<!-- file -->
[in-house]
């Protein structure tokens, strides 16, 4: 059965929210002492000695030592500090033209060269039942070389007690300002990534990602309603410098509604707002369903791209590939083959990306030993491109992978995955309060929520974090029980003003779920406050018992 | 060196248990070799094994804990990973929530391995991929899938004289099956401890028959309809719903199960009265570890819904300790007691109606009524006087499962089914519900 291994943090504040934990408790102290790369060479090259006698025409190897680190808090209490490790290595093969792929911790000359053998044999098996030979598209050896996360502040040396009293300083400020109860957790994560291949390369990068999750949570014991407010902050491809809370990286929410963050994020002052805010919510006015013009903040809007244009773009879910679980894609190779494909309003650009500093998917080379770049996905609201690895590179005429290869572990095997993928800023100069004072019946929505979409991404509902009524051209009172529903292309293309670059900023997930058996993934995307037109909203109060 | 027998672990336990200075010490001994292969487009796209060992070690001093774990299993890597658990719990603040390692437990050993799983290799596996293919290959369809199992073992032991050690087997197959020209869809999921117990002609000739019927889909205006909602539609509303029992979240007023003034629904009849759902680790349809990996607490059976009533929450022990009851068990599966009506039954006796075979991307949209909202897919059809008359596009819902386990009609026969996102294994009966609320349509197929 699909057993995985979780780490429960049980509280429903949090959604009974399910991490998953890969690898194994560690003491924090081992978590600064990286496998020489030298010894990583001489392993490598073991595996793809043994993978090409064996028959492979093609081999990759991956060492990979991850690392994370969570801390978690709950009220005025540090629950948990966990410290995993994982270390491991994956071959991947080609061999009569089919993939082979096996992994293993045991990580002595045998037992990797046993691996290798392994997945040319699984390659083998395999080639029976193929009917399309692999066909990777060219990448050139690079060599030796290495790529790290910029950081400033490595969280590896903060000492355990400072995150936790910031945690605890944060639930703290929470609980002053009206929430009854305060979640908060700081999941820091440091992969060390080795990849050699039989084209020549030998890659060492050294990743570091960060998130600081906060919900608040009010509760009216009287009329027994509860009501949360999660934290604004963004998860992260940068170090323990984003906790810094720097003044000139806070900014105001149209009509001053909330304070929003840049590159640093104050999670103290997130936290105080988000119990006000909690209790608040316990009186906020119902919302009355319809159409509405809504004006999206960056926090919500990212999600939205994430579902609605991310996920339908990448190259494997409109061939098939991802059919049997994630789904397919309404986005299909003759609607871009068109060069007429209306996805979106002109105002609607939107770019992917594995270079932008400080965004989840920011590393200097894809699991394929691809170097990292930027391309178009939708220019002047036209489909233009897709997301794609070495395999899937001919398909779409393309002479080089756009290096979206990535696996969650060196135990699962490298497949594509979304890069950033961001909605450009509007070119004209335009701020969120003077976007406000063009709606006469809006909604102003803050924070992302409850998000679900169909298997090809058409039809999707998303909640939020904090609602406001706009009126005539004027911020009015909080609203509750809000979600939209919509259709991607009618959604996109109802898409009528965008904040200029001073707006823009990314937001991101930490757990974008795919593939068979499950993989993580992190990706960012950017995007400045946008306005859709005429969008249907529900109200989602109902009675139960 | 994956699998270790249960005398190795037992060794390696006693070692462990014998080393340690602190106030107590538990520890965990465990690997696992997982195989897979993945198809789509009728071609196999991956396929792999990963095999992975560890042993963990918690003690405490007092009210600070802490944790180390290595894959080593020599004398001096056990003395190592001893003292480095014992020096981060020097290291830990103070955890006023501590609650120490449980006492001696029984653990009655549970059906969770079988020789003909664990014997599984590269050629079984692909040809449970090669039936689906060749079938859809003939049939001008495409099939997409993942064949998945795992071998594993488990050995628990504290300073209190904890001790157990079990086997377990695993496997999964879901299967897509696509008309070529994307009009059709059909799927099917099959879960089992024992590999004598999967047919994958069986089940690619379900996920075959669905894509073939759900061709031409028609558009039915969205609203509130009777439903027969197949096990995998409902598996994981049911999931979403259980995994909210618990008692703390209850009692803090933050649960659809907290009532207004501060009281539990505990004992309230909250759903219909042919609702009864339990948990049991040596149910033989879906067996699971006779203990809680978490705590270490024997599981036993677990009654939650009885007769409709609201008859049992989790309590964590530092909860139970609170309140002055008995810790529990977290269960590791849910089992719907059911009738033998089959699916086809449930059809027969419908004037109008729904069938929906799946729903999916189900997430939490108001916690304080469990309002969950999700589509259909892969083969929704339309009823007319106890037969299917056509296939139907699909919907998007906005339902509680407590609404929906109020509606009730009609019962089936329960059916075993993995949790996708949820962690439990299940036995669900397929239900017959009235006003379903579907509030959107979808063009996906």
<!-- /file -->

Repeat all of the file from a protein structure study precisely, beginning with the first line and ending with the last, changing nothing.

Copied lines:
[in-house]
């Protein structure tokens, strides 16, 4: 059965929210002492000695030592500090033209060269039942070389007690300002990534990602309603410098509604707002369903791209590939083959990306030993491109992978995955309060929520974090029980003003779920406050018992 | 060196248990070799094994804990990973929530391995991929899938004289099956401890028959309809719903199960009265570890819904300790007691109606009524006087499962089914519900 291994943090504040934990408790102290790369060479090259006698025409190897680190808090209490490790290595093969792929911790000359053998044999098996030979598209050896996360502040040396009293300083400020109860957790994560291949390369990068999750949570014991407010902050491809809370990286929410963050994020002052805010919510006015013009903040809007244009773009879910679980894609190779494909309003650009500093998917080379770049996905609201690895590179005429290869572990095997993928800023100069004072019946929505979409991404509902009524051209009172529903292309293309670059900023997930058996993934995307037109909203109060 | 027998672990336990200075010490001994292969487009796209060992070690001093774990299993890597658990719990603040390692437990050993799983290799596996293919290959369809199992073992032991050690087997197959020209869809999921117990002609000739019927889909205006909602539609509303029992979240007023003034629904009849759902680790349809990996607490059976009533929450022990009851068990599966009506039954006796075979991307949209909202897919059809008359596009819902386990009609026969996102294994009966609320349509197929 699909057993995985979780780490429960049980509280429903949090959604009974399910991490998953890969690898194994560690003491924090081992978590600064990286496998020489030298010894990583001489392993490598073991595996793809043994993978090409064996028959492979093609081999990759991956060492990979991850690392994370969570801390978690709950009220005025540090629950948990966990410290995993994982270390491991994956071959991947080609061999009569089919993939082979096996992994293993045991990580002595045998037992990797046993691996290798392994997945040319699984390659083998395999080639029976193929009917399309692999066909990777060219990448050139690079060599030796290495790529790290910029950081400033490595969280590896903060000492355990400072995150936790910031945690605890944060639930703290929470609980002053009206929430009854305060979640908060700081999941820091440091992969060390080795990849050699039989084209020549030998890659060492050294990743570091960060998130600081906060919900608040009010509760009216009287009329027994509860009501949360999660934290604004963004998860992260940068170090323990984003906790810094720097003044000139806070900014105001149209009509001053909330304070929003840049590159640093104050999670103290997130936290105080988000119990006000909690209790608040316990009186906020119902919302009355319809159409509405809504004006999206960056926090919500990212999600939205994430579902609605991310996920339908990448190259494997409109061939098939991802059919049997994630789904397919309404986005299909003759609607871009068109060069007429209306996805979106002109105002609607939107770019992917594995270079932008400080965004989840920011590393200097894809699991394929691809170097990292930027391309178009939708220019002047036209489909233009897709997301794609070495395999899937001919398909779409393309002479080089756009290096979206990535696996969650060196135990699962490298497949594509979304890069950033961001909605450009509007070119004209335009701020969120003077976007406000063009709606006469809006909604102003803050924070992302409850998000679900169909298997090809058409039809999707998303909640939020904090609602406001706009009126005539004027911020009015909080609203509750809000979600939209919509259709991607009618959604996109109802898409009528965008904040200029001073707006823009990314937001991101930490757990974008795919593939068979499950993989993580992190990706960012950017995007400045946008306005859709005429969008249907529900109200989602109902009675139960 | 994956699998270790249960005398190795037992060794390696006693070692462990014998080393340690602190106030107590538990520890965990465990690997696992997982195989897979993945198809789509009728071609196999991956396929792999990963095999992975560890042993963990918690003690405490007092009210600070802490944790180390290595894959080593020599004398001096056990003395190592001893003292480095014992020096981060020097290291830990103070955890006023501590609650120490449980006492001696029984653990009655549970059906969770079988020789003909664990014997599984590269050629079984692909040809449970090669039936689906060749079938859809003939049939001008495409099939997409993942064949998945795992071998594993488990050995628990504290300073209190904890001790157990079990086997377990695993496997999964879901299967897509696509008309070529994307009009059709059909799927099917099959879960089992024992590999004598999967047919994958069986089940690619379900996920075959669905894509073939759900061709031409028609558009039915969205609203509130009777439903027969197949096990995998409902598996994981049911999931979403259980995994909210618990008692703390209850009692803090933050649960659809907290009532207004501060009281539990505990004992309230909250759903219909042919609702009864339990948990049991040596149910033989879906067996699971006779203990809680978490705590270490024997599981036993677990009654939650009885007769409709609201008859049992989790309590964590530092909860139970609170309140002055008995810790529990977290269960590791849910089992719907059911009738033998089959699916086809449930059809027969419908004037109008729904069938929906799946729903999916189900997430939490108001916690304080469990309002969950999700589509259909892969083969929704339309009823007319106890037969299917056509296939139907699909919907998007906005339902509680407590609404929906109020509606009730009609019962089936329960059916075993993995949790996708949820962690439990299940036995669900397929239900017959009235006003379903579907509030959107979808063009996906």